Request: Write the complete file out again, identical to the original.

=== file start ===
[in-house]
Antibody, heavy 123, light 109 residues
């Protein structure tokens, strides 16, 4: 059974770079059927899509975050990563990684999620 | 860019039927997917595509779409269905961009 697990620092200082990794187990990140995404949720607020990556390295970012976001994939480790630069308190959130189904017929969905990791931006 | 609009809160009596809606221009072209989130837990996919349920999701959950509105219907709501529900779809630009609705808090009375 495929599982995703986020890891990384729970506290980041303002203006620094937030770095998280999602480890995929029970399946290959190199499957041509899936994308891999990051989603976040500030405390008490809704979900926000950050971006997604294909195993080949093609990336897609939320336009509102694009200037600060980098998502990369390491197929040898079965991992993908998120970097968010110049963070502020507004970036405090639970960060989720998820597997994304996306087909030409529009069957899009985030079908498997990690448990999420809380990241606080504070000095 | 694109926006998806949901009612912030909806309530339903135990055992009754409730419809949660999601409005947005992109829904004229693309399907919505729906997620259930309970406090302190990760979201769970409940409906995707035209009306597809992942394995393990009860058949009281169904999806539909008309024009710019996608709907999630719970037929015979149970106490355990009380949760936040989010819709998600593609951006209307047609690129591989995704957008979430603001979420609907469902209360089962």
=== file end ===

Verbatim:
[in-house]
Antibody, heavy 123, light 109 residues
């Protein structure tokens, strides 16, 4: 059974770079059927899509975050990563990684999620 | 860019039927997917595509779409269905961009 697990620092200082990794187990990140995404949720607020990556390295970012976001994939480790630069308190959130189904017929969905990791931006 | 609009809160009596809606221009072209989130837990996919349920999701959950509105219907709501529900779809630009609705808090009375 495929599982995703986020890891990384729970506290980041303002203006620094937030770095998280999602480890995929029970399946290959190199499957041509899936994308891999990051989603976040500030405390008490809704979900926000950050971006997604294909195993080949093609990336897609939320336009509102694009200037600060980098998502990369390491197929040898079965991992993908998120970097968010110049963070502020507004970036405090639970960060989720998820597997994304996306087909030409529009069957899009985030079908498997990690448990999420809380990241606080504070000095 | 694109926006998806949901009612912030909806309530339903135990055992009754409730419809949660999601409005947005992109829904004229693309399907919505729906997620259930309970406090302190990760979201769970409940409906995707035209009306597809992942394995393990009860058949009281169904999806539909008309024009710019996608709907999630719970037929015979149970106490355990009380949760936040989010819709998600593609951006209307047609690129591989995704957008979430603001979420609907469902209360089962």